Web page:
The biggest conversation going into the Finals was about how "LeBron will be great, Kyrie will be good, but what about the rest of the Cavs?" In game one, the answer was a confused "there are other players on the Cavs?"
Cleveland hung in the game early despite an outrageous amount of turnovers. At halftime, the Cavaliers only trailed by eight points. However, they had 12 turnovers before the break to Golden State's one. In the end, it was a 113-91 victory for the Warriors.
As advertised, LeBron James and Kyrie Irving flashed brilliance throughout the game. LeBron had a double-double in the first 24 minutes of the game and Kyrie occasionally looked the scoring machine that he looked like against Boston, but the rest of the Cavaliers were complete no-shows. Through three quarters, Iman Shumpert, Deron Williams, Kyle Korver, Tristan Thompson, and JR Smith had six points. Combined. In game one of the NBA Finals. Some of this was Golden State's defense, some of it was luck, and some of it was the apparent lack of any sort of offensive plan.
Golden State spent all game pulling down offensive rebounds and getting dunks - they had double-digits in each of those categories by halftime. The Cavaliers spent all game allowing dunks and failing to crash the glass. Kevin Love got a whole mess of defensive rebounds but failed on multiple occasions to back down Klay Thompson in the post.
The Cavs made occasional bite-sized runs to cut a 21 point lead to 12 or a 20 point lead to 13 in the second half, but nothing mattered. When shots like this go in, it's time to pack it in for the night.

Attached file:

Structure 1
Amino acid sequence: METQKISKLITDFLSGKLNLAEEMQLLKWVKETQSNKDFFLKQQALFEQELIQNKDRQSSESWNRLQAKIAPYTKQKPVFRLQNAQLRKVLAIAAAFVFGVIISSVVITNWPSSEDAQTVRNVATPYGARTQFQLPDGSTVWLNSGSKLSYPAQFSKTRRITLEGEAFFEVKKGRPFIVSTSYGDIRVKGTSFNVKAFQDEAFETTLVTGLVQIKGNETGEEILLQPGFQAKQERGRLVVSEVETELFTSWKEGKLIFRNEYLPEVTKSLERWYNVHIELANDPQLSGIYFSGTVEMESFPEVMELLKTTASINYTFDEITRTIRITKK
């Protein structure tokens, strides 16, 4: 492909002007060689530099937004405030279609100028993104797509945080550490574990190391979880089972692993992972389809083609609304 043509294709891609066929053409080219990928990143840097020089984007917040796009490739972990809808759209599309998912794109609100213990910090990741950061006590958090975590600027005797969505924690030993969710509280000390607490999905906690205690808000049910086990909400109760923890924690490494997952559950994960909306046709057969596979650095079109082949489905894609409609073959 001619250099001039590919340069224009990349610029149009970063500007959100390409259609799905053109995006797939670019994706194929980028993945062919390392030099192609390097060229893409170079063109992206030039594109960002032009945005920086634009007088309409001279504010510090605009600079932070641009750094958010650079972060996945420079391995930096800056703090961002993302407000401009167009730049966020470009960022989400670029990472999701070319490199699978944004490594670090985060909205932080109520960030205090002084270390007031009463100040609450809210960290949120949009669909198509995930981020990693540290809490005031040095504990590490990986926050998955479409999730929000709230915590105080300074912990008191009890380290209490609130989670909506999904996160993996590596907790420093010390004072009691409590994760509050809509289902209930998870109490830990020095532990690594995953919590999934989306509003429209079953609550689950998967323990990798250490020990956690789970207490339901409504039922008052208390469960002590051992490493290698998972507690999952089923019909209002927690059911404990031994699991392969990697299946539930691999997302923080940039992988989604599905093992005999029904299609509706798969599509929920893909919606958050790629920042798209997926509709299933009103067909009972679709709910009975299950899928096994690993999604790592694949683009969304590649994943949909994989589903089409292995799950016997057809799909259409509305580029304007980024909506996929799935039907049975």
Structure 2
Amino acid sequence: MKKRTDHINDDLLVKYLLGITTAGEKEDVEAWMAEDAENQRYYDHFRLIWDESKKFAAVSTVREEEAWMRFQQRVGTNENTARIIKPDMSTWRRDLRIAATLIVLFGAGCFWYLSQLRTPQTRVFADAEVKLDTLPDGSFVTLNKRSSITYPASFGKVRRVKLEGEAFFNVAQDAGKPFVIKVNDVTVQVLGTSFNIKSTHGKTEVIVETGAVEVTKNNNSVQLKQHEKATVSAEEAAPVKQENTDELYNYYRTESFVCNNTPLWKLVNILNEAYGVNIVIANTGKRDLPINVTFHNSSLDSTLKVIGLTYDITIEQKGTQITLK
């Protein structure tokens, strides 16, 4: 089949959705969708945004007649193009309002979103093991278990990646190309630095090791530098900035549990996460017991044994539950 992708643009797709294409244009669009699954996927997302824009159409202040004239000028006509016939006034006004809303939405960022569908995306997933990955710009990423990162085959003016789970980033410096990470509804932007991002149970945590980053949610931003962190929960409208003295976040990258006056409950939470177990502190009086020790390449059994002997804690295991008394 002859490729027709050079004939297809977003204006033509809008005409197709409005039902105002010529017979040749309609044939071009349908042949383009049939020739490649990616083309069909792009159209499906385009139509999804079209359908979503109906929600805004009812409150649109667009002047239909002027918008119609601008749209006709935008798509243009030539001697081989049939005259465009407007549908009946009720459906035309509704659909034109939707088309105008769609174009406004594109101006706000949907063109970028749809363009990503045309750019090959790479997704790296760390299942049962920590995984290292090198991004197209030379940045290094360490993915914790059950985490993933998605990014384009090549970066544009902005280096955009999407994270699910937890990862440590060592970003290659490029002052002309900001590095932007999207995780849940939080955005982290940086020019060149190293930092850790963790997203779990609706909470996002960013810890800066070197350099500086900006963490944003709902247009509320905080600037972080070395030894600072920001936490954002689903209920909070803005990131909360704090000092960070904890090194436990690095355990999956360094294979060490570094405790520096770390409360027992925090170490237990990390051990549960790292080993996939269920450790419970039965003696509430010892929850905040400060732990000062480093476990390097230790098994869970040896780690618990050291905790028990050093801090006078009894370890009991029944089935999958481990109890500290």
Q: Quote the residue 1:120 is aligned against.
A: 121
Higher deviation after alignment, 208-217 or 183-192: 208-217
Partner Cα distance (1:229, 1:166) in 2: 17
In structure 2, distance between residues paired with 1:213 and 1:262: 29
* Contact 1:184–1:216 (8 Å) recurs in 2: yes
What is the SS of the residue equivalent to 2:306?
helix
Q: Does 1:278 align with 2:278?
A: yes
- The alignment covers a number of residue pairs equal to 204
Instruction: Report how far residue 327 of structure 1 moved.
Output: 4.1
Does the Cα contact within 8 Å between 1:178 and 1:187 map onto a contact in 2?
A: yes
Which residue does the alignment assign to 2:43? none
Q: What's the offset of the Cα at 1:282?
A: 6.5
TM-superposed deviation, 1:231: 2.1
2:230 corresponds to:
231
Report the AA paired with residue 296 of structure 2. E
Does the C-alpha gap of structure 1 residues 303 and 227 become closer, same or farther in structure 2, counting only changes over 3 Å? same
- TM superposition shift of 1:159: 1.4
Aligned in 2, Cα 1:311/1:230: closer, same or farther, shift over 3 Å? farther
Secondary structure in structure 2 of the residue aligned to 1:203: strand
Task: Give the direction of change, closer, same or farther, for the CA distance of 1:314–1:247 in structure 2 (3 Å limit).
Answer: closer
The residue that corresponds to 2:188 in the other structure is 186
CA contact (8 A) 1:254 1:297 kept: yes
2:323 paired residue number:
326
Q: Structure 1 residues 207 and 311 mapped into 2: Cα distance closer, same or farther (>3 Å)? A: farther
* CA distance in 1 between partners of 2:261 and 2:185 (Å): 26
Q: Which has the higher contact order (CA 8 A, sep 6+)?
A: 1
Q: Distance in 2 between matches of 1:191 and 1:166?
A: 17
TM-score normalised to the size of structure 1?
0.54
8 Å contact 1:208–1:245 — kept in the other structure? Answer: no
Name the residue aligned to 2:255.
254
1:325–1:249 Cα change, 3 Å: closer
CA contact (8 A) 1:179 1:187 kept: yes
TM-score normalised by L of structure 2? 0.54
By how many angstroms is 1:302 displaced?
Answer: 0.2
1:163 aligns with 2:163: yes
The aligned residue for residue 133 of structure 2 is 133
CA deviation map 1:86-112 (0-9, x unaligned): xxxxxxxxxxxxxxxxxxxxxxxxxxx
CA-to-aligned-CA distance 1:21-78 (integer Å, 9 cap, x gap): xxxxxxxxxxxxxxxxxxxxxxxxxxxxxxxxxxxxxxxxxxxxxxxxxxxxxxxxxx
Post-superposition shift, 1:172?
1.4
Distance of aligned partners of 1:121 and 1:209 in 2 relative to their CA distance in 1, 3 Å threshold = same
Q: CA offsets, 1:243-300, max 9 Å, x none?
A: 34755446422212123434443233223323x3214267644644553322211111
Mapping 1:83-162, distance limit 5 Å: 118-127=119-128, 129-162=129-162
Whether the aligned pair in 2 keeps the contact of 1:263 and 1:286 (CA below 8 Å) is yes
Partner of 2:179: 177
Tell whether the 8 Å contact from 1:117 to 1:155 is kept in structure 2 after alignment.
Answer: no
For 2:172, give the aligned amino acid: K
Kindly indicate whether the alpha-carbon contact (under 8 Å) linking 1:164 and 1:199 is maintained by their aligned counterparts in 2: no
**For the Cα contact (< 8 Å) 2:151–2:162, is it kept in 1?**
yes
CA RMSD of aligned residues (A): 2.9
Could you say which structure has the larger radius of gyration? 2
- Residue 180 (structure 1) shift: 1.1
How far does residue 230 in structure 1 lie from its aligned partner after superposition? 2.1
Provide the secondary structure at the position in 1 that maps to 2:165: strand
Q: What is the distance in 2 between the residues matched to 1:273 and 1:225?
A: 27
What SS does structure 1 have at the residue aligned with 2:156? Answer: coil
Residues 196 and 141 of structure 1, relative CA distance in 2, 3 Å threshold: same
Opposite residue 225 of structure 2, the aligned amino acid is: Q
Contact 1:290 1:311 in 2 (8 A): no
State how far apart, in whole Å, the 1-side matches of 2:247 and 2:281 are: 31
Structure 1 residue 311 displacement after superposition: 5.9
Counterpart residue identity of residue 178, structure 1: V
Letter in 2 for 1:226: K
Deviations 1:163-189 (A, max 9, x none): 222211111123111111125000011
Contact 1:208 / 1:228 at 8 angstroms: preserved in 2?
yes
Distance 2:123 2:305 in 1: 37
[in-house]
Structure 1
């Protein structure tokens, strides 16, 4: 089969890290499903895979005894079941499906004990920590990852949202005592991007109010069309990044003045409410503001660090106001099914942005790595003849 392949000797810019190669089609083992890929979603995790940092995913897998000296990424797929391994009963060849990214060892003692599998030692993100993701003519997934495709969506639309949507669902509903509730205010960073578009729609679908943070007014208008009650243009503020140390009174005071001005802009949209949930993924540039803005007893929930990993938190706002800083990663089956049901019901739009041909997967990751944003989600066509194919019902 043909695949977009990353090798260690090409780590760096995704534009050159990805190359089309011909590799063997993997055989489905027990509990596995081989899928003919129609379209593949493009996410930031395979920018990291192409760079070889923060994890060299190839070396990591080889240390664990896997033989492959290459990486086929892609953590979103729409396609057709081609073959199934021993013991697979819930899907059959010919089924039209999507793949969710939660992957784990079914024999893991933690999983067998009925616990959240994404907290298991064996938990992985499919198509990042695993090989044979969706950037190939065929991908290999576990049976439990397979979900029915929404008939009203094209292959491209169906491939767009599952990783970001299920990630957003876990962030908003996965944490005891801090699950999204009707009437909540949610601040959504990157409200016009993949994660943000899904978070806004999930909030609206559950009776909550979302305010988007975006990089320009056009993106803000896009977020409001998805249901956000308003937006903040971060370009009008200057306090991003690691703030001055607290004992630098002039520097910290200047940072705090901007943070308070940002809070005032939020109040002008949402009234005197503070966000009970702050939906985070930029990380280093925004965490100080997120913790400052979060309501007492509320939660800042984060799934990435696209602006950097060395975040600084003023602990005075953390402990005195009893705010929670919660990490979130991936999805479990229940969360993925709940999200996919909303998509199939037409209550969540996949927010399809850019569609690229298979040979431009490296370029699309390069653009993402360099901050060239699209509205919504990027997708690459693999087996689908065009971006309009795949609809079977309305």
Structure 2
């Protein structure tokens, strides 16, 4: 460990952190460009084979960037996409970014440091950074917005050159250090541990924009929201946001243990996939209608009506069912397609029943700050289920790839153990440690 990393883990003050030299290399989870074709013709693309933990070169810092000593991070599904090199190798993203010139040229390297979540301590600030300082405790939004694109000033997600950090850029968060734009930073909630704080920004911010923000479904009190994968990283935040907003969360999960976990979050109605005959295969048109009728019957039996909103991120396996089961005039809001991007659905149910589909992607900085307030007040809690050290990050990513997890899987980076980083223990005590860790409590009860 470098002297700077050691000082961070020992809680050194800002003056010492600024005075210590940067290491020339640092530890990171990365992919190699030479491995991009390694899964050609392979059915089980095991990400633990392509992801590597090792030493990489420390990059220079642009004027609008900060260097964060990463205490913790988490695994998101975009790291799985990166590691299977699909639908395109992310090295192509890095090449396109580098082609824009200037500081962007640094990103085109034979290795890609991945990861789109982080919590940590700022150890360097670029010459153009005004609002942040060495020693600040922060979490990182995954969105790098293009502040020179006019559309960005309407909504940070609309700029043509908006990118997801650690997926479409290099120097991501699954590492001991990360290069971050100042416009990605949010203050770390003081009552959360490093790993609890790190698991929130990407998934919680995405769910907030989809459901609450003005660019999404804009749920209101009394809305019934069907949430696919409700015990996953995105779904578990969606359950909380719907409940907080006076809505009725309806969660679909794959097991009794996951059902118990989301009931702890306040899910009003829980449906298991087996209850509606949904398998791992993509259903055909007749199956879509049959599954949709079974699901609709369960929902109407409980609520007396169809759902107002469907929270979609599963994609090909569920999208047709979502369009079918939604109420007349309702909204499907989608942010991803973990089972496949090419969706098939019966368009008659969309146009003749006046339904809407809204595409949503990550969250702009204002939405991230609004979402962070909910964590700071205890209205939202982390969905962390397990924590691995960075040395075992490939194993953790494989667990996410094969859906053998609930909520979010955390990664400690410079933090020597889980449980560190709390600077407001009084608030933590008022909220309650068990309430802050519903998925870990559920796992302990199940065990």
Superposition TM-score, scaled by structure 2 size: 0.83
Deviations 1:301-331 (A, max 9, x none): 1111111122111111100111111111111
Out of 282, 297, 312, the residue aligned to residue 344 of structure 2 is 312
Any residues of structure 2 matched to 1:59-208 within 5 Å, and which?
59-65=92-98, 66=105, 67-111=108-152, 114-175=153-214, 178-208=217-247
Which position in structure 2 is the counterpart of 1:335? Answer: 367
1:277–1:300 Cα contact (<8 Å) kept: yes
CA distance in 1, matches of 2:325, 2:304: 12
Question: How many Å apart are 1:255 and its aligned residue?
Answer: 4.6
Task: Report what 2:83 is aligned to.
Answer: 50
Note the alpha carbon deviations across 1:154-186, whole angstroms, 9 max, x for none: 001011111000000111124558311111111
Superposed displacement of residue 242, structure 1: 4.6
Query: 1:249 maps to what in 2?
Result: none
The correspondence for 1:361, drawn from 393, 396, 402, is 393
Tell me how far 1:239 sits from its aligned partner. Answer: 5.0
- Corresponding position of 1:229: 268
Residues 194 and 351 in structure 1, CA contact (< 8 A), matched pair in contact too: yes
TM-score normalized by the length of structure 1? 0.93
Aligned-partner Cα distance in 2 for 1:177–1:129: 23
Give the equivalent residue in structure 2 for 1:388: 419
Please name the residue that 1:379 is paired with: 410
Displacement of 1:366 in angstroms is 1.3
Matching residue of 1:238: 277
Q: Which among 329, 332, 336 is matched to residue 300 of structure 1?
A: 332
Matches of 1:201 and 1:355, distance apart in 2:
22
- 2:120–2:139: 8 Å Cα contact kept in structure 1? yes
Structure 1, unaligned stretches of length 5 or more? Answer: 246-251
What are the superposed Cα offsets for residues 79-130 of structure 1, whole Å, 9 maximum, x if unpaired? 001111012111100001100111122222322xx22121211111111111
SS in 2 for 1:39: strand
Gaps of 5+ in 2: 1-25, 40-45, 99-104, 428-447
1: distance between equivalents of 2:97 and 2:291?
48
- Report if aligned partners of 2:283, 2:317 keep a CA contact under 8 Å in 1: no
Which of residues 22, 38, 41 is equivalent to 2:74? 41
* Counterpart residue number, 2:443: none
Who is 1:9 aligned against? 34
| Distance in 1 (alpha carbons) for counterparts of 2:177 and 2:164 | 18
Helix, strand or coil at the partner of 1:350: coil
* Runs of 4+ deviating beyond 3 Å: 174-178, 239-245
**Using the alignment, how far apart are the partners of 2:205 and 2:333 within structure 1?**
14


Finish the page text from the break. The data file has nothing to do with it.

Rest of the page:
What the Cavaliers failed to do in game one was stick to any kind of plan offensively. The game started with a predictable toss to Kevin Love in the post which was promptly denied (by Klay) and turned into an airball. The Cavs decided to start working with screens to get switches. Except they didn't use those screens.
Over and over, LeBron would have Curry's guy set a screen for him, eye up Curry, then wait until the screens were cleared and Curry scrambled back to his man. It made no sense whatsoever. He didn't attack Curry at all. Everyone has known that this would be the Cavs' best chance at success, but it just didn't happen. Meanwhile, Klay Thompson spent most of the game on Kyrie Irving, who was able to get to the rim regardless of the defender, but the punch-line was that Curry managed to hide on defense for most of the game.
Around James and Irving, the Cavs barely moved. This was part of the plan over the past two Finals, but it felt like an accident today. Guys looked confused. Tristan Thompson seemed as though he'd never seen a double-team before. JR Smith hit a three 93 seconds into the game and never scored again. Everything was one-on-one, and when that doesn't work, it looks terrible.
As noted before, one-on-one isn't necessarily a bad thing for the Cavs in the big picture. In the small picture of game one, it was a disaster.
When all was said and done, the Cavs turned the ball over 20 times (James had eight, seven in the first half), shot 36% from the field, and recorded zero steals. Cavaliers players not named James or Irving were 11-44 shooting the ball. For their part, the Warriors turned it over four times (an NBA Finals record), had 31 assists as a team, and seemingly dunked on every possession in the entire first half.
In short, the Cavaliers were abysmal in game one.
On the bright side, the Cavaliers lost game one in 2016 by 15 points and lost game two by 33 points. We all know how that one turned out. Not all is lost.